We held our weekly lab meeting at Sunset Park, so that we could collect live Megaspilidae and Cynipini for histology and other data collection. Therefore we didn’t spend much time discussing our weekly readings. Some of us did put together narratives though, which you can find below.
Andy: I am part of a collaborative team that aims to understand the mechanisms that underly gall initiation and development in Cynipini (gall wasps). Some of this research has appeared here before, and we will certainly post a lot more soon (We have results!). At first my contributions were more or less advisory, but since January my interest in the biology of this group has been exploding. This week I stepped back from reviewing contemporary research on gall wasps (e.g., Ronquist et al., 2015), and read instead the deep natural history papers of Adler (1894) and Kinsey (1920) … before going off the rails a bit with Derham (1720) and Malpighi (1679).
As stated above, part of our lab meeting was spent collecting adult gall wasps for further analysis. The sexual generation of one of our target taxa is ovipositing right now!
Kyle: I chose to read this article by Kittel et al. (2016) because like chelonine wasps; the group I study is also a diverse lineage of parasitoid wasps. I also use a mixture of morphology and molecular data and am interested in calculating divergence times, so the methods of this study could be very useful for me.
In this study, they estimate divergence times using three different methods (fixed-rate, node, and total-evidence dating) and compare those results. Fixed-rate dating uses an estimation of the number of substitutions per million yeas as a molecular clock. Node dating calibrates specific nodes with fossils of a known age. Total-evidence dating includes fossils as branch terminals.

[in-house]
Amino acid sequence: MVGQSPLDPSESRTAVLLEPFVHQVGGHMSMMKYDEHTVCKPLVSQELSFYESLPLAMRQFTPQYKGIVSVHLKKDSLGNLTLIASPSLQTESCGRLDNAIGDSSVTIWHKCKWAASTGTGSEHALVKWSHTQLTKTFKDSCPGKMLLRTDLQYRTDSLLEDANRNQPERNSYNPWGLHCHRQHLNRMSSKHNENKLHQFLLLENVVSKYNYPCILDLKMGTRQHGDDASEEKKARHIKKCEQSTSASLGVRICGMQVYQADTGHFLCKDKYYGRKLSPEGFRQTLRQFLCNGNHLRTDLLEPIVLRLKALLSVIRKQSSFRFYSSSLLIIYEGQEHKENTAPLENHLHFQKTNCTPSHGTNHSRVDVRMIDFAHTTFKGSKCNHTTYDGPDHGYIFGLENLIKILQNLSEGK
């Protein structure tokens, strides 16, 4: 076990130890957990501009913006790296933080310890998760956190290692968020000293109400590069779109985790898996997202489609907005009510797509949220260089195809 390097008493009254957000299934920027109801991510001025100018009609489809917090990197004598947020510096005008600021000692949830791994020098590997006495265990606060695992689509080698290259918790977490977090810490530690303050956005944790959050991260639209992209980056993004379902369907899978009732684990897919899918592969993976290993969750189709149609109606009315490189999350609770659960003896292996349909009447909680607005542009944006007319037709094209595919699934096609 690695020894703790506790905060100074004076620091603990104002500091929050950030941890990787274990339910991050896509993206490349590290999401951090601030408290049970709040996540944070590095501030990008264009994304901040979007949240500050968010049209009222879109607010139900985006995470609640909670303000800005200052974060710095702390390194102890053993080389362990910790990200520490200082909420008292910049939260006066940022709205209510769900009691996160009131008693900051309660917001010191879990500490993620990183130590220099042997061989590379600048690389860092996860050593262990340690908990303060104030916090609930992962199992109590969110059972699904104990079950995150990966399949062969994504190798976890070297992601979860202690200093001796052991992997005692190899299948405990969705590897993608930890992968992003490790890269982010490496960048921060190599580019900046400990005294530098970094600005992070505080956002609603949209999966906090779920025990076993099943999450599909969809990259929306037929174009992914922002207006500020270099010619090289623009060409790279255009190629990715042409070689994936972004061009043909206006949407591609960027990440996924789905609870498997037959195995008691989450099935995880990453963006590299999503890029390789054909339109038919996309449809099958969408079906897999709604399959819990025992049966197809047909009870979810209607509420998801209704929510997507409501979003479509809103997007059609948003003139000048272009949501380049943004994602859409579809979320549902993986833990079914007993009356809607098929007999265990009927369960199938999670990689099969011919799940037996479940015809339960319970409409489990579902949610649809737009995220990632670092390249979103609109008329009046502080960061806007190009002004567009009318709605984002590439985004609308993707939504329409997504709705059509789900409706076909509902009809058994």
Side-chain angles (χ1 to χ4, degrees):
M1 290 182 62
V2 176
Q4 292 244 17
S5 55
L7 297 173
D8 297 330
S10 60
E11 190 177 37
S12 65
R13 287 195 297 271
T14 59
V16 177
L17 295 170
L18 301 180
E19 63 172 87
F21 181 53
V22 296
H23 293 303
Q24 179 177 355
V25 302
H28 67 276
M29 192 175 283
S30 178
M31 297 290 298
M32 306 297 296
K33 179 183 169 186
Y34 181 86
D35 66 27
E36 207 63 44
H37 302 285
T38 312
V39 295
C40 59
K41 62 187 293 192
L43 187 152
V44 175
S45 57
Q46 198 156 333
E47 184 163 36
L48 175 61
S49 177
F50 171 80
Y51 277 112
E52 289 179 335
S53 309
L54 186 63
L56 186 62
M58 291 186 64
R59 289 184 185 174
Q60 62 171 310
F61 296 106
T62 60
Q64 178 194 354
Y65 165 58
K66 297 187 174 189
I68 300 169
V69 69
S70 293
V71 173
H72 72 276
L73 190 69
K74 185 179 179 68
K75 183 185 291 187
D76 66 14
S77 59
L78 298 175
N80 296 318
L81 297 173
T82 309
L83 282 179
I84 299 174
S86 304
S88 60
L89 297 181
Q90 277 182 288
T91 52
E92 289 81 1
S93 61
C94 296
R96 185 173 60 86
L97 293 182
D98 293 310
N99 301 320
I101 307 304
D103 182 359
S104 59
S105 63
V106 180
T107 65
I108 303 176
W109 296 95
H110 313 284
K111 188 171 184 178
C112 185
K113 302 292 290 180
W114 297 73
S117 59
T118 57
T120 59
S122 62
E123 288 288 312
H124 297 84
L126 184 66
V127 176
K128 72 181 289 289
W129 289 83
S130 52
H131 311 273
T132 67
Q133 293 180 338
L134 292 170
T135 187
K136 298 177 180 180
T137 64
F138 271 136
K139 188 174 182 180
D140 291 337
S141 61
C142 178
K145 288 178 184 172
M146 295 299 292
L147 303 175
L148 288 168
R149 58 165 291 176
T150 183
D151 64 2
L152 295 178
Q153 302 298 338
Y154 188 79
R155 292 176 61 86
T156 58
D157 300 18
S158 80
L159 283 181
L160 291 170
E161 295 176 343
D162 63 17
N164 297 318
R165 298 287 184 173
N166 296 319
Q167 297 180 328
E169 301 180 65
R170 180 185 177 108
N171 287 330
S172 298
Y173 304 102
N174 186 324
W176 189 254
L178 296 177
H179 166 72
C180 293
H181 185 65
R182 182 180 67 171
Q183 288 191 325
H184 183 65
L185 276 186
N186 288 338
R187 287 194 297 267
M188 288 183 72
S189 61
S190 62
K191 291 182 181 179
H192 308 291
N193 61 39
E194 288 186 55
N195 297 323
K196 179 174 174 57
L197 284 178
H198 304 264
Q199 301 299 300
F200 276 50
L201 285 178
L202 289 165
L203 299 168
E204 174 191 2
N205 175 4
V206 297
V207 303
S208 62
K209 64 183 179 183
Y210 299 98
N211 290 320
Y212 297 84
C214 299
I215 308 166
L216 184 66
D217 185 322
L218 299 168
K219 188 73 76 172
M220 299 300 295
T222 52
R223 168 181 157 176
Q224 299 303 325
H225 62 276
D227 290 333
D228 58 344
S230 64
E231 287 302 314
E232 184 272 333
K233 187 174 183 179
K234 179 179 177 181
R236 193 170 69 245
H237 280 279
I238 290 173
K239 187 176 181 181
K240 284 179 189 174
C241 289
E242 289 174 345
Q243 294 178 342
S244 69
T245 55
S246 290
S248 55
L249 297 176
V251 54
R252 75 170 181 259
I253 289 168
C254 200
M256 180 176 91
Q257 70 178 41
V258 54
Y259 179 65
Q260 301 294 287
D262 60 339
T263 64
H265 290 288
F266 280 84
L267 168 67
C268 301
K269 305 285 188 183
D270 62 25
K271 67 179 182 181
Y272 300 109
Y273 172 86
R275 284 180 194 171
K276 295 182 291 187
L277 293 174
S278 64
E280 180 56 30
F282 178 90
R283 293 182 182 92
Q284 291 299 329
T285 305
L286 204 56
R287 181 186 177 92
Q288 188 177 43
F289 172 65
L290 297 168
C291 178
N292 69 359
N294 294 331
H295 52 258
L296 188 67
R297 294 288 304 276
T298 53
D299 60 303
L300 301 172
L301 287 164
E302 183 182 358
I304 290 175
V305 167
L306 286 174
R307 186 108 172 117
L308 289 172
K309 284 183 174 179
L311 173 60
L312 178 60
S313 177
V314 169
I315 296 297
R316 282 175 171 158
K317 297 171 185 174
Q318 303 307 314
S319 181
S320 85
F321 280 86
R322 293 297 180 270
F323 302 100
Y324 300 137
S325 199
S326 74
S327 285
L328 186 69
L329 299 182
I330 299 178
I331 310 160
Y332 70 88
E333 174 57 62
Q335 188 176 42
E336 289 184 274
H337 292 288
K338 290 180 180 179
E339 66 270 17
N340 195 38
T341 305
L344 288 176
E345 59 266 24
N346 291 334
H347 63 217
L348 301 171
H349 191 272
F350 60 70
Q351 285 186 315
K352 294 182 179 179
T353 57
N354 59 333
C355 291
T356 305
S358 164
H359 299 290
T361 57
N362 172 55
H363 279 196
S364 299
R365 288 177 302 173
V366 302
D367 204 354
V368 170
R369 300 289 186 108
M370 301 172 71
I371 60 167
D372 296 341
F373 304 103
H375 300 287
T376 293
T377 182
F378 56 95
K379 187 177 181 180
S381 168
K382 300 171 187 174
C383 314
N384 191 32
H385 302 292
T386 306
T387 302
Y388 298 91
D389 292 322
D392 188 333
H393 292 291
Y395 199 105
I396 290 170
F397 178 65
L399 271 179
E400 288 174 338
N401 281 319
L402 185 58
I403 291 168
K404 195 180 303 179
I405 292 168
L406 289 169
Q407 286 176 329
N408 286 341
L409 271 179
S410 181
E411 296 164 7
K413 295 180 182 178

After the authors of this study evaluated the three methods, they found too much variation in divergence time estimates and suggest that multiple approaches should be used whenever possible. They found that all of these methods were very sensitive to the prior on tree age, and that plausible modifications to priors could drastically change the results.
Emily: I have been reading Dragonflies: Behavior and Ecology of Odonata by Philip S. Corbet to prepare for a grant proposal. I have been focusing on environmental factors affecting Odonata larva distribution and have learned some interesting facts about ranges for species in very cold climes. There are odes collected all the way in northern Siberia, and some larvae spend 5 months frozen in ice! Much about the habitat of larval odes can be examined, but it can be difficult to separate the many different factors. Over the coming months, I hope to delve deeper into this idea…stay tuned!
Carolyn: This week I started to dissect male genitalia from pinned Megaspilus and Conostigmus specimens, so I thought it would be a good idea to reread a paper by Mikó et al. (2013). In this paper the authors discuss 48 male genitalia characters and score them for 106 taxa, providing the very first phylogeny of the superfamily Ceraphronoidea. The paper also contains annotated brightfield, CLSM and SEM micrography images of the male genitalia of different species, which I have found very useful.
I have also been working on translating a paper by Paul Dessart (1997) concerning three Conostigmus species found in North America. So far I have translated the introduction, in which Dessart discusses the difficulty of trying to look at Provancher’s holotype specimen of Conostigmus nigrorufus, which was deposited in the Royal Ontario Museum. Dessart was upset that he could not borrow the holotype and complains about the curators jealously guarding their materials as “sacred”, preventing the holotype specimen from being used as a reference.